For me, wild camping and cycle touring go hand in hand. There are campsites dotted all around the United Kingdom but not everyone wants a busy holiday spot with all the modern amenities. However those who prefer a camping spot away from civilisation out in the wild face a challenge. Strict laws are in place to prevent wild camping throughout the UK, ignoring them can lead to prosecution. This article summarises the camping regulations in England, Scotland and Wales. It offers suggestions on where to wild camp and how to find places to stay.
Designated campsites are a great way to escape urban life for a relaxing few days. They often come with extras like showers, toilets and electricity points to make your getaway more comfortable. Comfort isn’t what everyone is after though. You maybe considering a truly wild camping experience away from luxury and modern conveniences – not to mention all the other people typically using a campsite at the same time.
Luckily, there are places in the UK where you can pitch a tent and sleep away from civilisation. There are plenty of spots where camping isn’t allowed, so it’s important to check before you head off so you don’t inadvertently break the law.
Wild Camping in England
The expansive Dartmoor National Park in Devon is one of the few places in England where you can just turn up with your equipment and set up camp. To protect the area, there are a few guidelines in place, but they mostly involve common sense and basic respect for the land. The main points are that large, heavy tents aren’t allowed, you need to set up at least 100 metres away from roads, and you should limit your stay to two nights. Contact the Dartmoor National Park organisation for full information.
Since all land in England is owned by people and organisations, you’ll generally need express permission from the land owner in places to set up camp. However, don’t let that put you off, many landowners are happy for people to use their land responsibly, so it’s always worth asking. Offering a small payment can go a long way, and something can normally be arranged in areas like the Lake District, where many people manage to legally camp among the stunning scenery.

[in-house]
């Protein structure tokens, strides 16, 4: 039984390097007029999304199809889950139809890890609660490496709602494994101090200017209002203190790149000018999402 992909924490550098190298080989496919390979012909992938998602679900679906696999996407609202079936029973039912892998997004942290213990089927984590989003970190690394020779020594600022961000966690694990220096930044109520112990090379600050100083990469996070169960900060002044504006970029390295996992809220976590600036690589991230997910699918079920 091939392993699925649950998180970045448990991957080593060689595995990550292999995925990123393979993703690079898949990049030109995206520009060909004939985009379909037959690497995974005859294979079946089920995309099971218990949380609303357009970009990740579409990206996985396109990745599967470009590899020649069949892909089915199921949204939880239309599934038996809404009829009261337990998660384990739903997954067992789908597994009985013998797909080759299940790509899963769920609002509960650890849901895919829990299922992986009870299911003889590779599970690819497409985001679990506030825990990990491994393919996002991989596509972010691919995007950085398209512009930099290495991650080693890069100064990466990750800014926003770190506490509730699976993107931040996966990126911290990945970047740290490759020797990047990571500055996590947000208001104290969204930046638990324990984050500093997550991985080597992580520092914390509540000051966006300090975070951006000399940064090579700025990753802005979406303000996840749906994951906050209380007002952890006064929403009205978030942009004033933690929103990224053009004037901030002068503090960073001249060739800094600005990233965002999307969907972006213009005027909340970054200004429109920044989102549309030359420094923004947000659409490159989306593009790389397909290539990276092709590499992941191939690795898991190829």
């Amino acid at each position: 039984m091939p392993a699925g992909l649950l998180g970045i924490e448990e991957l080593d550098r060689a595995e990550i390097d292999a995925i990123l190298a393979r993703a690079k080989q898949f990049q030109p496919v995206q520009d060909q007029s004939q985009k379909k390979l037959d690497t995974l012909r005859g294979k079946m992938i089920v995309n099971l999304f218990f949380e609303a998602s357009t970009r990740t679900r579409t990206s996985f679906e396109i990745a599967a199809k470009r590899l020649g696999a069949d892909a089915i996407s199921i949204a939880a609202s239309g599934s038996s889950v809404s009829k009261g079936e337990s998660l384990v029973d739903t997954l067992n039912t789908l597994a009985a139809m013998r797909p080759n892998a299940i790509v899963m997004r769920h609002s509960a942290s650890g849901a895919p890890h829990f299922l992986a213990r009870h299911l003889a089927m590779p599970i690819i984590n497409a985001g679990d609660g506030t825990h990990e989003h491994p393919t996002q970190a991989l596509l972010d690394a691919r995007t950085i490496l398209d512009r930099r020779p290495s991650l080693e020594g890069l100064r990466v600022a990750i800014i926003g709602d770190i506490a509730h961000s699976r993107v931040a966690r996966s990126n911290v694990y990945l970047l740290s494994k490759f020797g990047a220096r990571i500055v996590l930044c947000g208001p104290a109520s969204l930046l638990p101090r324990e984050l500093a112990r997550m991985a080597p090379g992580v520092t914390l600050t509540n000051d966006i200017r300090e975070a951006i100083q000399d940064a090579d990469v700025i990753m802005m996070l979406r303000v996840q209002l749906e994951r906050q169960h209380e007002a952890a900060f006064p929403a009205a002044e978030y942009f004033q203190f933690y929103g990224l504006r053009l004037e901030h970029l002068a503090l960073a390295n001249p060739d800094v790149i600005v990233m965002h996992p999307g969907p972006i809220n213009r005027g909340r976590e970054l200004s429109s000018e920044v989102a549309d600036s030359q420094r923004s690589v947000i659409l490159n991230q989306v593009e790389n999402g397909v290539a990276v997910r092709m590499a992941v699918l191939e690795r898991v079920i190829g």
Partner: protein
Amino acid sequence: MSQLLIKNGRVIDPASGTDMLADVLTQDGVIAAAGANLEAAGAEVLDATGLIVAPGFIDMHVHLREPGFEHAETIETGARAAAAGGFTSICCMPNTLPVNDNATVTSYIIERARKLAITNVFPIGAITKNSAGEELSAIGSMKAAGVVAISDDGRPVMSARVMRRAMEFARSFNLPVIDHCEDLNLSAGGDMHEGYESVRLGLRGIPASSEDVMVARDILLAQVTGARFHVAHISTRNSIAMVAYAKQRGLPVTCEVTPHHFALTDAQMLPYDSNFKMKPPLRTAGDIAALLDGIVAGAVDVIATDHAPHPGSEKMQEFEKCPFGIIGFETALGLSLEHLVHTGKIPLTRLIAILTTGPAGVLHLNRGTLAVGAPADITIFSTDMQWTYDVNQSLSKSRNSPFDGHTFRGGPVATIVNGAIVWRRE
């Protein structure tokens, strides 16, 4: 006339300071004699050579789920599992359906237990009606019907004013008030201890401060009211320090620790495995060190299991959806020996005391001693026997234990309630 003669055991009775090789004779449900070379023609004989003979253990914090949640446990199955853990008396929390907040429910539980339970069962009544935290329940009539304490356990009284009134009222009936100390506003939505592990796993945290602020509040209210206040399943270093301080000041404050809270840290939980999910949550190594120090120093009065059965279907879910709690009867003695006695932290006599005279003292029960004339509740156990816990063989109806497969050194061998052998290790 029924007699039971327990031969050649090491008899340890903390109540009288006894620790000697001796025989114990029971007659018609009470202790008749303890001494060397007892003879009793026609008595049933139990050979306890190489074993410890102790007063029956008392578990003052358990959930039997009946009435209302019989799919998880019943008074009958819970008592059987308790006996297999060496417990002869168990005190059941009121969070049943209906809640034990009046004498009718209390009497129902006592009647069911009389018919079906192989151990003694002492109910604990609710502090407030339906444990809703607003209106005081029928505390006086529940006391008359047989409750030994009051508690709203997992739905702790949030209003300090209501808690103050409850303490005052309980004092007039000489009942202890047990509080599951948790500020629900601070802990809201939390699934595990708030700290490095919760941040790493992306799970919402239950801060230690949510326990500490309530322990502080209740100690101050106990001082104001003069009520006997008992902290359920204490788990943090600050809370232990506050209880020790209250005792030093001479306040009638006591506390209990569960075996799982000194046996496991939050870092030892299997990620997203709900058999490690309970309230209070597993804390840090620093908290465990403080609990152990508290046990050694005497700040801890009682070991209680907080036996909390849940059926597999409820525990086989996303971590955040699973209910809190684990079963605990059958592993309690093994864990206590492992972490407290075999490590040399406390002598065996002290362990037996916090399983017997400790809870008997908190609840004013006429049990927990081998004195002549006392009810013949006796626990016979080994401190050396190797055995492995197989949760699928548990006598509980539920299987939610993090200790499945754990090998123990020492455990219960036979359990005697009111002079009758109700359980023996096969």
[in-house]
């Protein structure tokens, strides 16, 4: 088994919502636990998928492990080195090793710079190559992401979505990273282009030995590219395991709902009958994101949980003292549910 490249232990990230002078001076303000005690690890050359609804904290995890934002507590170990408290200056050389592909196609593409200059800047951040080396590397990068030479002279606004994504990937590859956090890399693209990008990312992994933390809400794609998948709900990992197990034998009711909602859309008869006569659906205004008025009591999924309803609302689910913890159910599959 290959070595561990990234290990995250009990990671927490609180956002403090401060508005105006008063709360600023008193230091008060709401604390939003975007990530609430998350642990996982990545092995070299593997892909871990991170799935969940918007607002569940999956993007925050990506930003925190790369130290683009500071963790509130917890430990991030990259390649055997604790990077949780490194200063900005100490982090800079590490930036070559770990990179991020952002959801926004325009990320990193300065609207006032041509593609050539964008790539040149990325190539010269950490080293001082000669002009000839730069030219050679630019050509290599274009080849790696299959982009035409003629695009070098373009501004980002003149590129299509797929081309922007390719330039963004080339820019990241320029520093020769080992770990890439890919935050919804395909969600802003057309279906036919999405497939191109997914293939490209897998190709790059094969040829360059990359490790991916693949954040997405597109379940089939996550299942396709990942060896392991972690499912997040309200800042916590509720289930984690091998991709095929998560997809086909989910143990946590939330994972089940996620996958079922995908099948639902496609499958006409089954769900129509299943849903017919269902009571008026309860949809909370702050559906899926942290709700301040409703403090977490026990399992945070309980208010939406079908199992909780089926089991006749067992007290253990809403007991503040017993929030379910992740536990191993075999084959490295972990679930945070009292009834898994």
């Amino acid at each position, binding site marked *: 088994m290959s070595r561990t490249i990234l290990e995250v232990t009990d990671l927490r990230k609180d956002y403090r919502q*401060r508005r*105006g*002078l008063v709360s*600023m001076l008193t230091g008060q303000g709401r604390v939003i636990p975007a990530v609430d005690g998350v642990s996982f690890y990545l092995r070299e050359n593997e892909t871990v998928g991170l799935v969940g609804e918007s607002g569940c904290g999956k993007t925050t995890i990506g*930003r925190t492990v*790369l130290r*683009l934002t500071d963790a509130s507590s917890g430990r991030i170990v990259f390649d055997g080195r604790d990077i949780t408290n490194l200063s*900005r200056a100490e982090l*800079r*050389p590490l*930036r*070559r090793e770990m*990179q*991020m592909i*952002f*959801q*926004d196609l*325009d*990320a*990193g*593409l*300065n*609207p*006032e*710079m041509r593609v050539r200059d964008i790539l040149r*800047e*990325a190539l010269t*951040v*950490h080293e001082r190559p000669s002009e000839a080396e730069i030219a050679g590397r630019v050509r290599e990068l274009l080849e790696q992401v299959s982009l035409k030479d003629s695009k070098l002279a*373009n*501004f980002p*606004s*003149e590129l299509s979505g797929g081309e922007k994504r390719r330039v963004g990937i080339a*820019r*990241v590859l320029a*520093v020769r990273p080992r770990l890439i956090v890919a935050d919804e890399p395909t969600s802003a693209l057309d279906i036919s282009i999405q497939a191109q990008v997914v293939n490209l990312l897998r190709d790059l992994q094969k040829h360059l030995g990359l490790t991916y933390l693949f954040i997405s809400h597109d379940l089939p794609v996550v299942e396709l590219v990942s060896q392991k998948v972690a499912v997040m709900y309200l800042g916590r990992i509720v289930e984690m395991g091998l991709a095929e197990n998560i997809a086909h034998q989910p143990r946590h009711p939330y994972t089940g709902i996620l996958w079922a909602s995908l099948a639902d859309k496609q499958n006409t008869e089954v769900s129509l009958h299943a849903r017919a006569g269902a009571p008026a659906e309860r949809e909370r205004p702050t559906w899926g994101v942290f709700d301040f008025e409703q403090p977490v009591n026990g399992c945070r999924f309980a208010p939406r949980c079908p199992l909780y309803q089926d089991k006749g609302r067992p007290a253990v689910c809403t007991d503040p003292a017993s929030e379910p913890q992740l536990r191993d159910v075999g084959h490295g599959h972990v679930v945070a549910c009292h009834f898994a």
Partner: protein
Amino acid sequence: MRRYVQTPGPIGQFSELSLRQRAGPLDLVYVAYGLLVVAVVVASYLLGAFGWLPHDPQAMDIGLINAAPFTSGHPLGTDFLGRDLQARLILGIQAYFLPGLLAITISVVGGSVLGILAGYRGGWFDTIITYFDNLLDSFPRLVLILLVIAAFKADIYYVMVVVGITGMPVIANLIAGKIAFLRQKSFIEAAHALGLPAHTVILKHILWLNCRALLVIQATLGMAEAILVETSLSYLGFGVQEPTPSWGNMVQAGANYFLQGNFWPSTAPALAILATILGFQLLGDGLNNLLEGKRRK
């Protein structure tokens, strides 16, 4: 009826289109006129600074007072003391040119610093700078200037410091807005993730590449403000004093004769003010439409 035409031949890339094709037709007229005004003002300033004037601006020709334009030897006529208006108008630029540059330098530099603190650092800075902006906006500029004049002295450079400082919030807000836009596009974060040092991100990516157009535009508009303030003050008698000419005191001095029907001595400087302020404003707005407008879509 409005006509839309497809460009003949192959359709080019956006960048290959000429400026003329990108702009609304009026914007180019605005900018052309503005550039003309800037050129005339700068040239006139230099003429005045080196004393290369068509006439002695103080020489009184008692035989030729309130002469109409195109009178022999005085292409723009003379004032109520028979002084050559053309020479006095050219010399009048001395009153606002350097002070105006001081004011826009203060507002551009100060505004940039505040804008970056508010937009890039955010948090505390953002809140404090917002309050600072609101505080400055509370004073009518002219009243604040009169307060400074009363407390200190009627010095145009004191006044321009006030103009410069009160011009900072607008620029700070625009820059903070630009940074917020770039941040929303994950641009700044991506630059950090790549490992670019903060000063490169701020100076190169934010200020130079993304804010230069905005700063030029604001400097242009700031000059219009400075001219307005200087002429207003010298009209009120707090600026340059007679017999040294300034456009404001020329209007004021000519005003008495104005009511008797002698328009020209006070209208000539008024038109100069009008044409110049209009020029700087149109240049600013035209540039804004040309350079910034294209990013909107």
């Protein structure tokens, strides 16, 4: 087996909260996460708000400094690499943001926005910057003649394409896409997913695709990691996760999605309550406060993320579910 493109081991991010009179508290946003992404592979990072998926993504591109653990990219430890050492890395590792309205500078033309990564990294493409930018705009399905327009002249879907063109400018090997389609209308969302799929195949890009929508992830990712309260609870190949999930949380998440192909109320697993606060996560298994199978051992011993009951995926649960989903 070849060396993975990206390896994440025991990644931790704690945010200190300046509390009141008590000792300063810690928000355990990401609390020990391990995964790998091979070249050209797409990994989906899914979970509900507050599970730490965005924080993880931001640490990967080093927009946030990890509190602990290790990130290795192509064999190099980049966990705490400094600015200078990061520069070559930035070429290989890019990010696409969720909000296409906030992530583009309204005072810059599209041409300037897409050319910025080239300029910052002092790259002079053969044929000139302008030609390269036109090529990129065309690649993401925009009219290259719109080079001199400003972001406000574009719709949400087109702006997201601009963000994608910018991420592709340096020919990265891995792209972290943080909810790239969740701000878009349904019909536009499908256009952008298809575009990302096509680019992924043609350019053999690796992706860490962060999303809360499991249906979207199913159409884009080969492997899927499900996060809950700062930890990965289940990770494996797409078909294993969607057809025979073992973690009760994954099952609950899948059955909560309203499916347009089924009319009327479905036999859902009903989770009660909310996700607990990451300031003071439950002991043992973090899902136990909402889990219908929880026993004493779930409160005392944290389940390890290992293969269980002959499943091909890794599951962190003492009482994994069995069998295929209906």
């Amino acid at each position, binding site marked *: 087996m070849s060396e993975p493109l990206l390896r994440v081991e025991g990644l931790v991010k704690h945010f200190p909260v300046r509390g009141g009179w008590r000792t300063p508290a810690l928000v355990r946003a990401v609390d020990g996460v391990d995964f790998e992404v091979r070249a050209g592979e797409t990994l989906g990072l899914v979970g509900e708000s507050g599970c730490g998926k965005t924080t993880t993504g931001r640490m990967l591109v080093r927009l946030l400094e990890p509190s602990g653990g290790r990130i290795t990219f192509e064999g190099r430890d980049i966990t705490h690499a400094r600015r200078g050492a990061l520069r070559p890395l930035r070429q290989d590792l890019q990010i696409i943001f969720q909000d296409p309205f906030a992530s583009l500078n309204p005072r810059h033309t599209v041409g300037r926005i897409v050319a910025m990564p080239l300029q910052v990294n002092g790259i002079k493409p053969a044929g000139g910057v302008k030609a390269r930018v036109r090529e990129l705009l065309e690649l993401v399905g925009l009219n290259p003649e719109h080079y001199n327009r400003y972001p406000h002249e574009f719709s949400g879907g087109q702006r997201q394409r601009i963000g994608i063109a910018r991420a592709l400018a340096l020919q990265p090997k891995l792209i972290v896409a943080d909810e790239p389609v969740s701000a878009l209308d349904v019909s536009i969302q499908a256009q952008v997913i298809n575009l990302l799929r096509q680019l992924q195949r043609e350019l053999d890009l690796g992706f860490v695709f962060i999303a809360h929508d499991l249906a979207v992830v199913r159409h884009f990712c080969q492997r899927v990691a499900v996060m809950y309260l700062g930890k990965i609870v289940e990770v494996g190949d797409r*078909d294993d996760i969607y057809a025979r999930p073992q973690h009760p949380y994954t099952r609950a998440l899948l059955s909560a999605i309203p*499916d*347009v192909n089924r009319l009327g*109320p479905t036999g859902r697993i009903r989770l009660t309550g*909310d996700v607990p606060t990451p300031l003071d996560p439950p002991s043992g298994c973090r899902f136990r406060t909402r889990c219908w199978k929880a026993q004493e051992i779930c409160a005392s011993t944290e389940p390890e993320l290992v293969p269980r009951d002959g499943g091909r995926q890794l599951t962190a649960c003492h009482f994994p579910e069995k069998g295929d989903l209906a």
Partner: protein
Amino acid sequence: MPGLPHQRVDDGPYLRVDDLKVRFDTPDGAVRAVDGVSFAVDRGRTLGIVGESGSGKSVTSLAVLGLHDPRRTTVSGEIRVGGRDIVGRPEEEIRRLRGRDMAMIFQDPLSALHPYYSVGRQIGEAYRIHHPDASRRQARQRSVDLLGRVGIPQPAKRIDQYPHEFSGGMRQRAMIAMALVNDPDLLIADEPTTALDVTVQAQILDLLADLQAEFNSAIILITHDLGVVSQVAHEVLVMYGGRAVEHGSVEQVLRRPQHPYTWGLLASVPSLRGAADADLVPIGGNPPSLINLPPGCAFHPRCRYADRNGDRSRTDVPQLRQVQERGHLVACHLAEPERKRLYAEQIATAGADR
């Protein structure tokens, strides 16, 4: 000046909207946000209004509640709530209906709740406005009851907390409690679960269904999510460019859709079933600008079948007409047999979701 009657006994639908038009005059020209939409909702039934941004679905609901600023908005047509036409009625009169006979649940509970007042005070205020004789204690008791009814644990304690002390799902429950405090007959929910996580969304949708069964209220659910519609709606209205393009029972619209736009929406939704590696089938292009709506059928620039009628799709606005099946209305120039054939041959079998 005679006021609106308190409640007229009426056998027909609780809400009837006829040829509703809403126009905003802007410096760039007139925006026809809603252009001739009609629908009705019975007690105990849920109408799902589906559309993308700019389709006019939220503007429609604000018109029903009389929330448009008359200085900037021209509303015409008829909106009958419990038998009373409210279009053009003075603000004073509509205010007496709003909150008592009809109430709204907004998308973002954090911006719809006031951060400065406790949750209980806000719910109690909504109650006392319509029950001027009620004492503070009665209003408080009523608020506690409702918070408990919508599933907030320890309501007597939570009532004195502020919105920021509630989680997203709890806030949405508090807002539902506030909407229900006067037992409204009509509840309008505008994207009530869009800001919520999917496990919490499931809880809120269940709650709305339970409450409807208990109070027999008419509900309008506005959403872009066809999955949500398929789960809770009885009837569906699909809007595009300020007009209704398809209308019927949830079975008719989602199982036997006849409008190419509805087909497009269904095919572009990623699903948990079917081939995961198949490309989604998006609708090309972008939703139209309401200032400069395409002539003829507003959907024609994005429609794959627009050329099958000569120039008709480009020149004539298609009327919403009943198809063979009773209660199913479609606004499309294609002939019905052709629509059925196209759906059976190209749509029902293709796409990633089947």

Wild Camping in Wales
There are no places in Wales where wild camping is automatically allowed, but there are two areas where permission is often granted: Snowdonia and the Brecon Beacons.
Plenty of farms and other privately-owned pieces of land are often used by campers with the full blessing of the owner. You shouldn’t have trouble finding a suitable place to sleep. As usual, be respectful and sensible, and keep group sizes to a minimum.
Wild Camping in Scotland
Cross over the Scottish border and you’ll find a completely different story to England and Wales. The Land Reform (Scotland) Act 2003 means that, with a few exceptions, you can camp pretty much anywhere, making it a wilderness explorer’s dream.
Obviously, you should avoid anywhere enclosed or obviously private, and look out for ‘No camping’ signs. East Loch Lomond is also under strict limitations, with a restricted zone in place where camping is forbidden at any time. As long as you do a bit of research beforehand, Scotland is largely yours to explore and use for camping as you please.
Wherever your adventures take you, remember to make absolutely certain you know what you’re doing and you’ve double-checked the legal status of the place you’re planning on visiting. Keep groups small, always be a responsible camper, and leave the site you choose just as it was when you arrived, without any litter or damage. And never embark on a remote camping trip without being properly equipped and prepared!